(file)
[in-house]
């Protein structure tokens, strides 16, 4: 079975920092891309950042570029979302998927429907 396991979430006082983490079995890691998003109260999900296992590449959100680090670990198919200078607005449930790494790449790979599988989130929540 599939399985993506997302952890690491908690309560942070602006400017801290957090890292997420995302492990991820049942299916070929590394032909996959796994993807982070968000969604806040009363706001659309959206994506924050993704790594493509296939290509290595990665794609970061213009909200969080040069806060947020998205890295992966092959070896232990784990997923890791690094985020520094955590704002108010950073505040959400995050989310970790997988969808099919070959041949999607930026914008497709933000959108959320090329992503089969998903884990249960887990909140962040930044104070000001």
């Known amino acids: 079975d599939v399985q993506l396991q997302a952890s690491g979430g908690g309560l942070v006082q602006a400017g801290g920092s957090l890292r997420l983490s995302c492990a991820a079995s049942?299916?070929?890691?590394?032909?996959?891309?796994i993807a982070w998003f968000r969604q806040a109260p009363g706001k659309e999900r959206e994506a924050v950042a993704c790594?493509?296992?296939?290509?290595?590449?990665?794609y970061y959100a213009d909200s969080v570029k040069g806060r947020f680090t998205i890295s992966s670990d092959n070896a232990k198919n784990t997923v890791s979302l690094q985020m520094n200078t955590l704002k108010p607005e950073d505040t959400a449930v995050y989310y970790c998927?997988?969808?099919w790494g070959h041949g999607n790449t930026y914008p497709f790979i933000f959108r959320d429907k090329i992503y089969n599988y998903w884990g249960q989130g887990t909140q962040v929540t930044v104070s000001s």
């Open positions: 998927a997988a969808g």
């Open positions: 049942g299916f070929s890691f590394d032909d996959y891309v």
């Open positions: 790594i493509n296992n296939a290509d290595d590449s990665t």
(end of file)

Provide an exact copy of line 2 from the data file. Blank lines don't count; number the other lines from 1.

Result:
């Protein structure tokens, strides 16, 4: 079975920092891309950042570029979302998927429907 396991979430006082983490079995890691998003109260999900296992590449959100680090670990198919200078607005449930790494790449790979599988989130929540 599939399985993506997302952890690491908690309560942070602006400017801290957090890292997420995302492990991820049942299916070929590394032909996959796994993807982070968000969604806040009363706001659309959206994506924050993704790594493509296939290509290595990665794609970061213009909200969080040069806060947020998205890295992966092959070896232990784990997923890791690094985020520094955590704002108010950073505040959400995050989310970790997988969808099919070959041949999607930026914008497709933000959108959320090329992503089969998903884990249960887990909140962040930044104070000001």